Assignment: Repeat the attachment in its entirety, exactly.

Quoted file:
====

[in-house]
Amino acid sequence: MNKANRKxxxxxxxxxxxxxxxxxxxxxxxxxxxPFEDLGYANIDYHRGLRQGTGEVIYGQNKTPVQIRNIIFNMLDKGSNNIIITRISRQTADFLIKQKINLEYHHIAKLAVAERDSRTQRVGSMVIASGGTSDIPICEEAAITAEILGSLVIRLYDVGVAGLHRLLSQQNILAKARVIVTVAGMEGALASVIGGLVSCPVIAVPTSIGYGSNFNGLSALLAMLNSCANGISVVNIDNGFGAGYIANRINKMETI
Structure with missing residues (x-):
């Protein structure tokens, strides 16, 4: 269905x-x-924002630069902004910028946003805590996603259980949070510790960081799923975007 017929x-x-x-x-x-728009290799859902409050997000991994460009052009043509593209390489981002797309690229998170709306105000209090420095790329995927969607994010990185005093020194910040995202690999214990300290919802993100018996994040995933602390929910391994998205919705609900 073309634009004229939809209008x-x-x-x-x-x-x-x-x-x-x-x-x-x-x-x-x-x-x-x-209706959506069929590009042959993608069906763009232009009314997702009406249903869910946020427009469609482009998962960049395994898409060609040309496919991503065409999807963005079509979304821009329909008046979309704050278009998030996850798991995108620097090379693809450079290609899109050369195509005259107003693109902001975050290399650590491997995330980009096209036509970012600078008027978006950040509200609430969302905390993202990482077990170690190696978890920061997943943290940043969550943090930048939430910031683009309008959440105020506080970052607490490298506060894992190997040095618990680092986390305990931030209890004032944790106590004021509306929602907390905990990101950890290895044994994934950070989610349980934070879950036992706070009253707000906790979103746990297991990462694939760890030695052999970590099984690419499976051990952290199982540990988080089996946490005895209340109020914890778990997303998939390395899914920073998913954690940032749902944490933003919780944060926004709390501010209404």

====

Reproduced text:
[in-house]
Amino acid sequence: MNKANRKxxxxxxxxxxxxxxxxxxxxxxxxxxxPFEDLGYANIDYHRGLRQGTGEVIYGQNKTPVQIRNIIFNMLDKGSNNIIITRISRQTADFLIKQKINLEYHHIAKLAVAERDSRTQRVGSMVIASGGTSDIPICEEAAITAEILGSLVIRLYDVGVAGLHRLLSQQNILAKARVIVTVAGMEGALASVIGGLVSCPVIAVPTSIGYGSNFNGLSALLAMLNSCANGISVVNIDNGFGAGYIANRINKMETI
Structure with missing residues (x-):
């Protein structure tokens, strides 16, 4: 269905x-x-924002630069902004910028946003805590996603259980949070510790960081799923975007 017929x-x-x-x-x-728009290799859902409050997000991994460009052009043509593209390489981002797309690229998170709306105000209090420095790329995927969607994010990185005093020194910040995202690999214990300290919802993100018996994040995933602390929910391994998205919705609900 073309634009004229939809209008x-x-x-x-x-x-x-x-x-x-x-x-x-x-x-x-x-x-x-x-209706959506069929590009042959993608069906763009232009009314997702009406249903869910946020427009469609482009998962960049395994898409060609040309496919991503065409999807963005079509979304821009329909008046979309704050278009998030996850798991995108620097090379693809450079290609899109050369195509005259107003693109902001975050290399650590491997995330980009096209036509970012600078008027978006950040509200609430969302905390993202990482077990170690190696978890920061997943943290940043969550943090930048939430910031683009309008959440105020506080970052607490490298506060894992190997040095618990680092986390305990931030209890004032944790106590004021509306929602907390905990990101950890290895044994994934950070989610349980934070879950036992706070009253707000906790979103746990297991990462694939760890030695052999970590099984690419499976051990952290199982540990988080089996946490005895209340109020914890778990997303998939390395899914920073998913954690940032749902944490933003919780944060926004709390501010209404």